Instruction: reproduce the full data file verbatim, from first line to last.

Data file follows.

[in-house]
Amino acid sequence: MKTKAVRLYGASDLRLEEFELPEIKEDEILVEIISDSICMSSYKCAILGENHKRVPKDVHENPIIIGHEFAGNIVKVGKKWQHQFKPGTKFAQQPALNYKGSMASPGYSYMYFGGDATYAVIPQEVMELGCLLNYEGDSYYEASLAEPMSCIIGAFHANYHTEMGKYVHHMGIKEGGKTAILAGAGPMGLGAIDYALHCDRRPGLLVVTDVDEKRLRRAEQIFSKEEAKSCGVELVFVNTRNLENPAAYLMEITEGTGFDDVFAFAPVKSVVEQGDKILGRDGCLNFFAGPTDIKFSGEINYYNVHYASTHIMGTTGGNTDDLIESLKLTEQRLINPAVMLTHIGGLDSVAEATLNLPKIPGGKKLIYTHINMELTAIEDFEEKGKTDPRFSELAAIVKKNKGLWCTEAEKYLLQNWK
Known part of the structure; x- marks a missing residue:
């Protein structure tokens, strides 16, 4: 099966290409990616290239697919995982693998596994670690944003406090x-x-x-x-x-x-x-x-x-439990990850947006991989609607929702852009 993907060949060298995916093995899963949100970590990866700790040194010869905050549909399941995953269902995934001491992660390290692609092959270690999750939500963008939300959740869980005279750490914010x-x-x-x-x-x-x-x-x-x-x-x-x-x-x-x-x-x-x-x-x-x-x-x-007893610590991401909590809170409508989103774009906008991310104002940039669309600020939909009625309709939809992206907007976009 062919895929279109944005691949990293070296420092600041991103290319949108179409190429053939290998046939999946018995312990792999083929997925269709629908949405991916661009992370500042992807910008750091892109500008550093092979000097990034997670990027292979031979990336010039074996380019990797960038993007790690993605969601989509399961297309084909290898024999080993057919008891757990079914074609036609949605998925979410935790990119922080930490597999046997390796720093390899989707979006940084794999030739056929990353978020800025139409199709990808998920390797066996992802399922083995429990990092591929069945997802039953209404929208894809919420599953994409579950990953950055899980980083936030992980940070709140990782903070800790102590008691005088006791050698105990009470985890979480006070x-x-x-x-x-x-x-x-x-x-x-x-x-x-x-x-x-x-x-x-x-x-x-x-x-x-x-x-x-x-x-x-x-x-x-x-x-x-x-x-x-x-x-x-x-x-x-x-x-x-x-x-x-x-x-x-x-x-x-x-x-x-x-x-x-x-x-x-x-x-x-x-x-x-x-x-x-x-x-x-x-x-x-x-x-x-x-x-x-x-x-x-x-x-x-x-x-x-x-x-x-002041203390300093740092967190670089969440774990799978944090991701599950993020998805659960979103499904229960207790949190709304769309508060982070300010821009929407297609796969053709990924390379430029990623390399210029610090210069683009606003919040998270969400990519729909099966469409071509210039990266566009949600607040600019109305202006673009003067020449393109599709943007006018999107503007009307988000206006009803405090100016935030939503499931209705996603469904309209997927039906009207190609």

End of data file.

[in-house]
Amino acid sequence: MKTKAVRLYGASDLRLEEFELPEIKEDEILVEIISDSICMSSYKCAILGENHKRVPKDVHENPIIIGHEFAGNIVKVGKKWQHQFKPGTKFAQQPALNYKGSMASPGYSYMYFGGDATYAVIPQEVMELGCLLNYEGDSYYEASLAEPMSCIIGAFHANYHTEMGKYVHHMGIKEGGKTAILAGAGPMGLGAIDYALHCDRRPGLLVVTDVDEKRLRRAEQIFSKEEAKSCGVELVFVNTRNLENPAAYLMEITEGTGFDDVFAFAPVKSVVEQGDKILGRDGCLNFFAGPTDIKFSGEINYYNVHYASTHIMGTTGGNTDDLIESLKLTEQRLINPAVMLTHIGGLDSVAEATLNLPKIPGGKKLIYTHINMELTAIEDFEEKGKTDPRFSELAAIVKKNKGLWCTEAEKYLLQNWK
Known part of the structure; x- marks a missing residue:
């Protein structure tokens, strides 16, 4: 099966290409990616290239697919995982693998596994670690944003406090x-x-x-x-x-x-x-x-x-439990990850947006991989609607929702852009 993907060949060298995916093995899963949100970590990866700790040194010869905050549909399941995953269902995934001491992660390290692609092959270690999750939500963008939300959740869980005279750490914010x-x-x-x-x-x-x-x-x-x-x-x-x-x-x-x-x-x-x-x-x-x-x-x-007893610590991401909590809170409508989103774009906008991310104002940039669309600020939909009625309709939809992206907007976009 062919895929279109944005691949990293070296420092600041991103290319949108179409190429053939290998046939999946018995312990792999083929997925269709629908949405991916661009992370500042992807910008750091892109500008550093092979000097990034997670990027292979031979990336010039074996380019990797960038993007790690993605969601989509399961297309084909290898024999080993057919008891757990079914074609036609949605998925979410935790990119922080930490597999046997390796720093390899989707979006940084794999030739056929990353978020800025139409199709990808998920390797066996992802399922083995429990990092591929069945997802039953209404929208894809919420599953994409579950990953950055899980980083936030992980940070709140990782903070800790102590008691005088006791050698105990009470985890979480006070x-x-x-x-x-x-x-x-x-x-x-x-x-x-x-x-x-x-x-x-x-x-x-x-x-x-x-x-x-x-x-x-x-x-x-x-x-x-x-x-x-x-x-x-x-x-x-x-x-x-x-x-x-x-x-x-x-x-x-x-x-x-x-x-x-x-x-x-x-x-x-x-x-x-x-x-x-x-x-x-x-x-x-x-x-x-x-x-x-x-x-x-x-x-x-x-x-x-x-x-x-002041203390300093740092967190670089969440774990799978944090991701599950993020998805659960979103499904229960207790949190709304769309508060982070300010821009929407297609796969053709990924390379430029990623390399210029610090210069683009606003919040998270969400990519729909099966469409071509210039990266566009949600607040600019109305202006673009003067020449393109599709943007006018999107503007009307988000206006009803405090100016935030939503499931209705996603469904309209997927039906009207190609």